A red, metal flag signaled when outhouse was open for use.
The best thing about Grandma's outhouse was the red metal flag like the one on rural mailboxes. My mother explained that when Grandma's rather large family was growing up they used to put the flag down before they went in, and put it back up when they came out. This was to show when the outhouse was in use and prevent any invasion of privacy. Of course at my age I didn't have much privacy so the idea of the red flag was very appealing, and I used it every time. Once, I recall, I became too interested in looking at the pictures on the bathroom tissue (an old mail order catalog) and was absent so long that my mother came looking for me. I became upset because she had opened the door on me when the red flag was down and had invaded my privacy.
Then, one Sunday afternoon in late summer, Grandpa had something to show us. It was some rattles from a rattlesnake he had killed a few days earlier. That was enough to make my hair stand on end, but then my dad asked where he had killed it. Of all places, Grandpa said it had been in front of the outhouse! In that one awful moment my infatuation with the outhouse was gone forever. After that I set the world speed record going to and from the outhouse, and I didn't even stop to put the red flag down.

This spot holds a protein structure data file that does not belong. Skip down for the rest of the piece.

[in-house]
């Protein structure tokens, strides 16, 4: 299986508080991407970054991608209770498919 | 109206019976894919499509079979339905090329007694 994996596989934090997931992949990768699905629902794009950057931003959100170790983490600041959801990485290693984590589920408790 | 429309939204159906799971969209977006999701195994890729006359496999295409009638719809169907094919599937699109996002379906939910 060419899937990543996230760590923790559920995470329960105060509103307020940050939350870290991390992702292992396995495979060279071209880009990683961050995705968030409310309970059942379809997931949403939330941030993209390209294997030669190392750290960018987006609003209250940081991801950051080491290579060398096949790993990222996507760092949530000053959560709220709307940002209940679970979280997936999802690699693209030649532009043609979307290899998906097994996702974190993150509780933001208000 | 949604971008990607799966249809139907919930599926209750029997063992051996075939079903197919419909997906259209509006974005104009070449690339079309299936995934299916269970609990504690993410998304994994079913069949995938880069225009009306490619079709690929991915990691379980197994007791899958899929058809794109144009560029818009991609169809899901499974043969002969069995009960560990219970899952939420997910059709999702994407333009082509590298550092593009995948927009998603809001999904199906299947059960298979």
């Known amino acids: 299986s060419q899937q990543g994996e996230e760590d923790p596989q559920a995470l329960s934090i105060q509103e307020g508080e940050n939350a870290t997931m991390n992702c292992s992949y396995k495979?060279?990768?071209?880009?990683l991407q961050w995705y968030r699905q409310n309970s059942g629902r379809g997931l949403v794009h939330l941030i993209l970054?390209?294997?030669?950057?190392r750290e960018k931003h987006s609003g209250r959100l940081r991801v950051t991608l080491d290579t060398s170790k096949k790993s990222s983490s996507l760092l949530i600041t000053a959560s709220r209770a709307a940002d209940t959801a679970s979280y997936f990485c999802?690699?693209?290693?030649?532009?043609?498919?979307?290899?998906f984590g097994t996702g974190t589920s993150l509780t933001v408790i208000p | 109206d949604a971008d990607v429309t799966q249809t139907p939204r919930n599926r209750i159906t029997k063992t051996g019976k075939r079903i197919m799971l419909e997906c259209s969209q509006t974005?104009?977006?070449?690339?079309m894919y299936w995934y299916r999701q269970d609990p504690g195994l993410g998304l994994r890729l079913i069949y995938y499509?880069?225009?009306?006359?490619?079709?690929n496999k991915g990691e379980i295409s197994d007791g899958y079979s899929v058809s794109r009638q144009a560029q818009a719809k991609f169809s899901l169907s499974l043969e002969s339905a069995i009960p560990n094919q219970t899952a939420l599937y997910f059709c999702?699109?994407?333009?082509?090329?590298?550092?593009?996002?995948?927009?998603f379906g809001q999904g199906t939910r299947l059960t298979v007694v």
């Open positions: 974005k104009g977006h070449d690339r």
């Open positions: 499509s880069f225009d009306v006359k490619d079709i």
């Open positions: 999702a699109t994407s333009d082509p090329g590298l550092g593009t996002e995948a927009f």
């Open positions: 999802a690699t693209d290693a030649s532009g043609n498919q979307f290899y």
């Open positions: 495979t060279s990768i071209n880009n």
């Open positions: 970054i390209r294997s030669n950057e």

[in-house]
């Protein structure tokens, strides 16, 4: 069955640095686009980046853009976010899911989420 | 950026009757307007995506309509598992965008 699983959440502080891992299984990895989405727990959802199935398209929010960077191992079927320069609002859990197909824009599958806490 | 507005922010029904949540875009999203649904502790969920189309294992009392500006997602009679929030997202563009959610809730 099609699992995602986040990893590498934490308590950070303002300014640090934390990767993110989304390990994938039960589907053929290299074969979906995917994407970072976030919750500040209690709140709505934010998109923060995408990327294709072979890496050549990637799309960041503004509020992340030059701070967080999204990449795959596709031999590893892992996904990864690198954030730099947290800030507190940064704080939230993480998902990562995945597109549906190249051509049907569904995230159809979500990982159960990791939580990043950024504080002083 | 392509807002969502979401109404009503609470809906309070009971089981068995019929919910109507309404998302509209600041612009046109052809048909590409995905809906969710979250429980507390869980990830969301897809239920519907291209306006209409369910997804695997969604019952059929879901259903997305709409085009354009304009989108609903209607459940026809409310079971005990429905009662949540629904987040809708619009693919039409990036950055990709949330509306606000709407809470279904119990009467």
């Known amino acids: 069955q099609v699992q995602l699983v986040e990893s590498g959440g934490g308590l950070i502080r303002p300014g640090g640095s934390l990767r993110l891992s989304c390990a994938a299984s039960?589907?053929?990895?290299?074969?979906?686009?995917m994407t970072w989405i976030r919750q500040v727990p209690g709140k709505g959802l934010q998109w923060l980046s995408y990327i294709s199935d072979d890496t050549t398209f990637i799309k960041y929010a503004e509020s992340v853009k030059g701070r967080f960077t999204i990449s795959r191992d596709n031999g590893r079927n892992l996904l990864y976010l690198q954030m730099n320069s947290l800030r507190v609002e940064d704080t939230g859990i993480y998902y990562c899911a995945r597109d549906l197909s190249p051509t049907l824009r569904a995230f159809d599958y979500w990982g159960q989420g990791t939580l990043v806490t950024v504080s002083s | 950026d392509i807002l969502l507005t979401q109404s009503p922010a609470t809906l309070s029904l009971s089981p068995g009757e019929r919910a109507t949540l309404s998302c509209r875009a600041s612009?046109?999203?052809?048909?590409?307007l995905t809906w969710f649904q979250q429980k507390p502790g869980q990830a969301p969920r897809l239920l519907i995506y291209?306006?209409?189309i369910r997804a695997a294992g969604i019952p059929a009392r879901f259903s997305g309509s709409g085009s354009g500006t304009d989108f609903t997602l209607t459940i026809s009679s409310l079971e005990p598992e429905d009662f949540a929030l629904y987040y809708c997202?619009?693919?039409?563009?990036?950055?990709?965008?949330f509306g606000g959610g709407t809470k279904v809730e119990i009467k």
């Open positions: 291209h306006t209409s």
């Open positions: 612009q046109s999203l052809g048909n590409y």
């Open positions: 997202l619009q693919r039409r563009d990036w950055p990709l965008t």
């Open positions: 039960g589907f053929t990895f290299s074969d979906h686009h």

Penny M. Smith
Back in 1955 a call went out from the editors of the then Capper’s Weekly asking for readers to send in articles on true pioneers. Hundreds of letters came pouring in from early settlers and their children, many now in their 80s and 90s, and from grandchildren of settlers, all with tales to tell. So many articles were received that a decision was made to create a book, and in 1956, the first My Folks title – My Folks Came in a Covered Wagon – hit the shelves. Nine other books have since been published in the My Folks series, all filled to the brim with true tales from Capper’s readers, and we are proud to make those stories available to our growing online community.
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